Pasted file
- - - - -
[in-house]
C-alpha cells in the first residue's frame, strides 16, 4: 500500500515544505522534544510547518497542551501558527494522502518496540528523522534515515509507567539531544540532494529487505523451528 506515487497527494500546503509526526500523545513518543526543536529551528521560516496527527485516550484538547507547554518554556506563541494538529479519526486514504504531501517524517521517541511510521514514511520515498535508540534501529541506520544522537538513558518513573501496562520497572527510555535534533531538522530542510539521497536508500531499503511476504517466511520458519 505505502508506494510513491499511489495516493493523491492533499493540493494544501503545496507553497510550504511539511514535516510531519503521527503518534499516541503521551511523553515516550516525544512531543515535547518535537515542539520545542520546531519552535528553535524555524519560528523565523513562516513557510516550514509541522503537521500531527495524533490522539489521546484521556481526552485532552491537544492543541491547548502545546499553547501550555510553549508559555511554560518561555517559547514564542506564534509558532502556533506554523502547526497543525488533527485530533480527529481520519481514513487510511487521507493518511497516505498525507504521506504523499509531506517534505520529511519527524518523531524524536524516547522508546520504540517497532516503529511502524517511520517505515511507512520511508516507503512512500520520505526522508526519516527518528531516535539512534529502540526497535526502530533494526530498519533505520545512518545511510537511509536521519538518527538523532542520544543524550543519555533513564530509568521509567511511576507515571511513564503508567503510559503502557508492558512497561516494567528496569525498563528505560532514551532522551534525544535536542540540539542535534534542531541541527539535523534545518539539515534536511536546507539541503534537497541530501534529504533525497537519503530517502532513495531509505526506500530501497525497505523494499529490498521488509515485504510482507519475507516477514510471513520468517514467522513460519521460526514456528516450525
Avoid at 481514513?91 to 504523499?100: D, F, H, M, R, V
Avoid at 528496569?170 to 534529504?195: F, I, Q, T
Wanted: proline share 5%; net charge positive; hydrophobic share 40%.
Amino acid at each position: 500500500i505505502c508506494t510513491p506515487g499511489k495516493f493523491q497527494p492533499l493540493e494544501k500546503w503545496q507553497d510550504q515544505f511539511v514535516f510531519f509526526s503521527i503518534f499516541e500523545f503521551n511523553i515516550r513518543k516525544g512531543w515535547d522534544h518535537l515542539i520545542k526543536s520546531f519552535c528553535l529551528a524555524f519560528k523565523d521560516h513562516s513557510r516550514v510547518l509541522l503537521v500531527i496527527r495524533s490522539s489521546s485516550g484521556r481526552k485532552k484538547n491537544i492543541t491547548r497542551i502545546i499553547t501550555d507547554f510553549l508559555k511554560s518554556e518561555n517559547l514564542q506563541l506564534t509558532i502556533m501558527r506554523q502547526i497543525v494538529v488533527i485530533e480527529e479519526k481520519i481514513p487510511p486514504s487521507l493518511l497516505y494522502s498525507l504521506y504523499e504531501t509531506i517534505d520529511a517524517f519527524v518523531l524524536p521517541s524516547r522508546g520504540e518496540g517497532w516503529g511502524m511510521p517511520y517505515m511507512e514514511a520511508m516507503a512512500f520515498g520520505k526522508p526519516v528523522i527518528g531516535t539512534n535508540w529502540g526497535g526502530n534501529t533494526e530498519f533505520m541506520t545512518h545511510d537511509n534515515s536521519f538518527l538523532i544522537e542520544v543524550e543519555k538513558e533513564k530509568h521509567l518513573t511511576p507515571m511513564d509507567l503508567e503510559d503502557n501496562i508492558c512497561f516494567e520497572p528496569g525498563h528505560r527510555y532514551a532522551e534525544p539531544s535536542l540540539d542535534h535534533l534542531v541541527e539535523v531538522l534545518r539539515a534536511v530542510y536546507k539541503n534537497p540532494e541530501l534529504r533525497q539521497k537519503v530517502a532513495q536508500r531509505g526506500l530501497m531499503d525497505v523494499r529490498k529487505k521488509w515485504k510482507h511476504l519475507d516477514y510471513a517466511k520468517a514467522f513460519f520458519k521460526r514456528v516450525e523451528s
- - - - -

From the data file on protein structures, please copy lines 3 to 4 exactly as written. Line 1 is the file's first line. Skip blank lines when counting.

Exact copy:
Avoid at 481514513?91 to 504523499?100: D, F, H, M, R, V
Avoid at 528496569?170 to 534529504?195: F, I, Q, T